Movie review by Greg Carlson
Next to the events that inspired it, Gabriela Cowperthwaite’s “Blackfish” is the worst kind of public relations nightmare for marine park giant SeaWorld Entertainment. Systematically documenting and dismantling years of questionable practices and dubious assertions about orcas, the gripping film uses an array of footage, from degraded old television spots to freshly composed interviews with scientists and former killer whale trainers. Most dramatic, however, are clips from several harrowing incidents in which the massive black and white captives have inflicted harm on one another and on human beings. SeaWorld representatives declined requests to be interviewed, and issued a rebuttal to some of the film’s charges.
The movie’s central non-human subject is a twelve thousand pound bull orca named Tilikum. On February 24, 2010, Tilikum killed 40-year-old SeaWorld trainer Dawn Brancheau. The same orca was also previously involved in two other deaths: trainer Keltie Byrne in 1991 and Daniel Dukes in 1999. Although Tilikum has become one of the most widely known whales in captivity due to these three incidents, other captive orcas have killed trainers and there are dozens of well-documented near misses. In the wild, orca attacks on humans are nearly nonexistent.
A reasonable person might ask why Tilikum has continued to perform in SeaWorld shows after killing Dawn Brancheau and the answer, not surprisingly, is financial. Tilikum’s value as a stud is of tremendous significance to his owners. Motley Crue drummer and animal rights activist Tommy Lee – who does not appear in “Blackfish” – has called Tilikum the “chief sperm bank” of SeaWorld. Graphic video of trainers collecting whale semen underscores the exploitation, and the revelation that Tilikum is the most prolific sire in orca captivity leads Cowperthwaite to a deeper and more disturbing discussion of the cruelty of separating offspring from parent. Orca researchers know that killer whale calves remain with their mothers for life, and descriptions of desperate, long-distance cries as the young are taken by force leave a deep impression on the viewer.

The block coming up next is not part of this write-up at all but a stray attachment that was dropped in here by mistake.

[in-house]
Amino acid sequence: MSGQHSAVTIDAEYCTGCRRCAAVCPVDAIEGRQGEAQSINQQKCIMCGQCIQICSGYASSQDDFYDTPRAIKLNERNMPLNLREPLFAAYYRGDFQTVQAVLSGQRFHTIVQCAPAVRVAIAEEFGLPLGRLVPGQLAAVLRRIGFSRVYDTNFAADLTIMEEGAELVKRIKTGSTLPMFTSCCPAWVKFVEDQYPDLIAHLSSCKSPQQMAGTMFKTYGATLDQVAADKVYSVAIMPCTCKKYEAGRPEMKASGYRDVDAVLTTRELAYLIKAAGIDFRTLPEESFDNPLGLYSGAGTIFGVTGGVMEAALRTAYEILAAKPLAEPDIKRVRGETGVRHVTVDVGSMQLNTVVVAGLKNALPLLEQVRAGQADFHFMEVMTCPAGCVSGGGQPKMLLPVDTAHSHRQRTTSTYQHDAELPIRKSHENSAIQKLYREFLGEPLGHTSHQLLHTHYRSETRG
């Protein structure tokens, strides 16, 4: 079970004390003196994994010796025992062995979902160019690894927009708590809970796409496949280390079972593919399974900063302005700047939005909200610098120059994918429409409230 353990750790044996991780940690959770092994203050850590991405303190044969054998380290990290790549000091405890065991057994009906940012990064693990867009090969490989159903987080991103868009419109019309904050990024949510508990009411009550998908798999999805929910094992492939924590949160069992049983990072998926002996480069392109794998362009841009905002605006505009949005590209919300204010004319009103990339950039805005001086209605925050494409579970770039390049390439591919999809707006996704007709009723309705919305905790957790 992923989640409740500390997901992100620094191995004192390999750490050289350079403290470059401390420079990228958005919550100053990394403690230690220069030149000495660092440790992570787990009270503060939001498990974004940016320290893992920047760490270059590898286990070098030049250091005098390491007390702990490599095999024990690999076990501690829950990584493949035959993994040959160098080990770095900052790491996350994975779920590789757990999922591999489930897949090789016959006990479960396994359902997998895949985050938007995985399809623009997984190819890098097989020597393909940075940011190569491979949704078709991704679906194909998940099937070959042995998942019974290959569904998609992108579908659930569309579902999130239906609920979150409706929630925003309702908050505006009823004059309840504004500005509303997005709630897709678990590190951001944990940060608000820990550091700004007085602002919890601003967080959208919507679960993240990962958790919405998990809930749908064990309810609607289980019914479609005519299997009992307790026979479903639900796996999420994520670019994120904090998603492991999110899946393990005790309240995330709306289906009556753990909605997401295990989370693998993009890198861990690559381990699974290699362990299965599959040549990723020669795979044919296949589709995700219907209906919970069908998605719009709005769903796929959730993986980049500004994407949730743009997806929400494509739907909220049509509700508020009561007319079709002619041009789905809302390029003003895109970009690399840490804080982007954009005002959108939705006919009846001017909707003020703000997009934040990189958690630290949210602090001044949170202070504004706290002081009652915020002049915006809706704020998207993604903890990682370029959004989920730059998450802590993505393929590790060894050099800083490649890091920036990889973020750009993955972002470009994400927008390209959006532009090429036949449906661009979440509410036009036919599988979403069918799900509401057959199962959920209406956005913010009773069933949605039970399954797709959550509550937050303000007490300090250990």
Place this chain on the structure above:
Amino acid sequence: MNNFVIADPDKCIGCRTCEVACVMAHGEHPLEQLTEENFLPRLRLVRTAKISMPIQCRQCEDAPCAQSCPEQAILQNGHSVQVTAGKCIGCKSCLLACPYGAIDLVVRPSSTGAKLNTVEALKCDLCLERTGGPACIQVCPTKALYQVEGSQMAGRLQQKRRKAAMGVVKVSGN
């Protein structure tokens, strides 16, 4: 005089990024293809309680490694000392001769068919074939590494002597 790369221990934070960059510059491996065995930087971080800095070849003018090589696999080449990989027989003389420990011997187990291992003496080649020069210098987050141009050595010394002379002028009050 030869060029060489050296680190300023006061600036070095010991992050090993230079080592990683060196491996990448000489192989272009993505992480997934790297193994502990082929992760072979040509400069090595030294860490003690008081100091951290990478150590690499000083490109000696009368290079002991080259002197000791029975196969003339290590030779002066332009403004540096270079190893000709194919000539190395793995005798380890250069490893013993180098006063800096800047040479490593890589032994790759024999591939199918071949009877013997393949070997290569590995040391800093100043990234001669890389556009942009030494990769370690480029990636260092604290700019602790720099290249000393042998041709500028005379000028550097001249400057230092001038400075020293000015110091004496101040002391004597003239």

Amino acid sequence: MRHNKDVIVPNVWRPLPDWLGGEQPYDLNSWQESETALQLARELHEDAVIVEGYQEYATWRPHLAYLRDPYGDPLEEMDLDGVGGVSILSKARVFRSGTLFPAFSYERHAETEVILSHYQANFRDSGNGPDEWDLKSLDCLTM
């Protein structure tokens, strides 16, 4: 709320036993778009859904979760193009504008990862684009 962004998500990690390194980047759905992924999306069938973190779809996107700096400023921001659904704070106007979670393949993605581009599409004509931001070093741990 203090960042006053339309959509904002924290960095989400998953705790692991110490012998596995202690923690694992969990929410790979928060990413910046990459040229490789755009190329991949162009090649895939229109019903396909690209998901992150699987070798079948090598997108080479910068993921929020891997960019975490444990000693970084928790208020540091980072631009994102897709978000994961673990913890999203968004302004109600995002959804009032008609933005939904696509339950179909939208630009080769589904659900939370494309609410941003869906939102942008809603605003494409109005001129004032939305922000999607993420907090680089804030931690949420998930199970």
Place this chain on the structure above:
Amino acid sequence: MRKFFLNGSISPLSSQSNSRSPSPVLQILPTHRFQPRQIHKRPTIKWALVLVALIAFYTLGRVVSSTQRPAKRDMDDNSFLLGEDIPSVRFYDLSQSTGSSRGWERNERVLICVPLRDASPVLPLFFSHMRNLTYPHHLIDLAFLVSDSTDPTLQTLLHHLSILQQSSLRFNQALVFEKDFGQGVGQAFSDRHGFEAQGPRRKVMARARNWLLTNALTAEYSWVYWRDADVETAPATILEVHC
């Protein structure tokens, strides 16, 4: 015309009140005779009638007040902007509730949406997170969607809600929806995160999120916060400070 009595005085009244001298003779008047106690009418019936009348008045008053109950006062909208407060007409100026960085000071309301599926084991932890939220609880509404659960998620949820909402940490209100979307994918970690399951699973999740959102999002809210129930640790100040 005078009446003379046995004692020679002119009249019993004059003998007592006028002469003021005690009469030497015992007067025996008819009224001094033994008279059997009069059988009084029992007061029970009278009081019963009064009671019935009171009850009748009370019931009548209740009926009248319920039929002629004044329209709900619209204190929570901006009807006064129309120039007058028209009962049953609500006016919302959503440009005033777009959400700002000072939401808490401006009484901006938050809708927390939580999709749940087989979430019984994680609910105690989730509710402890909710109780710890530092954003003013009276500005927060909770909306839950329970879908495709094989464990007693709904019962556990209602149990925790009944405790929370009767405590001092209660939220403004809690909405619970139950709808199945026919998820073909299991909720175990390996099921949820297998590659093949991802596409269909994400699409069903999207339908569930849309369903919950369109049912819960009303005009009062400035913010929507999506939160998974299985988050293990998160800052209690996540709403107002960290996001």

To be fair, SeaWorld does not break up all mother-offspring family units, but shrewdly, Cowperthwaite builds a case that exculpates the whales for presumably just responding to the appalling conditions in which they are forced to exist. In the wild, orcas swim many miles each day, and the cramped pens of SeaWorld in no way, shape, or form offer adequate room for the animals to thrive. Among the repercussions of cell-containment are behaviors in which whales rake one another with their teeth, dental problems from gnawing and chewing on barriers, and the most pathetic visual reminder of the difference between wild bull orcas and those in captivity: the collapsed dorsal fin. SeaWorld’s explanation for the numbers on flopped-over dorsal fins doesn’t align with scientific data.
The closest cinematic companion piece to “Blackfish” is probably “The Cove,” the gruesome expose of Dolphin hunting in Japan, but Cowperthwaite’s film also shares much in common with Werner Herzog’s phenomenal “Grizzly Man,” particularly in the way the ethics of human interaction with wild creatures are pondered. Interestingly, “Blackfish” omits any footage from “Free Willy,” although a few shots of Richard Harris in the much maligned 1977 “Jaws” pretender “Orca” are used to underscore some points about long-held misperceptions of killer whale behavior. Two other films are worth noting: “Blackfish” may lead some to Jacques Audiard’s “Rust and Bone,” one of the most memorable films of 2012. Also, Amy Kaufman reported in “The Los Angeles Times” a few weeks ago that the ending of Pixar’s upcoming “Finding Dory” was “retooled” following a screening and discussion of “Blackfish.”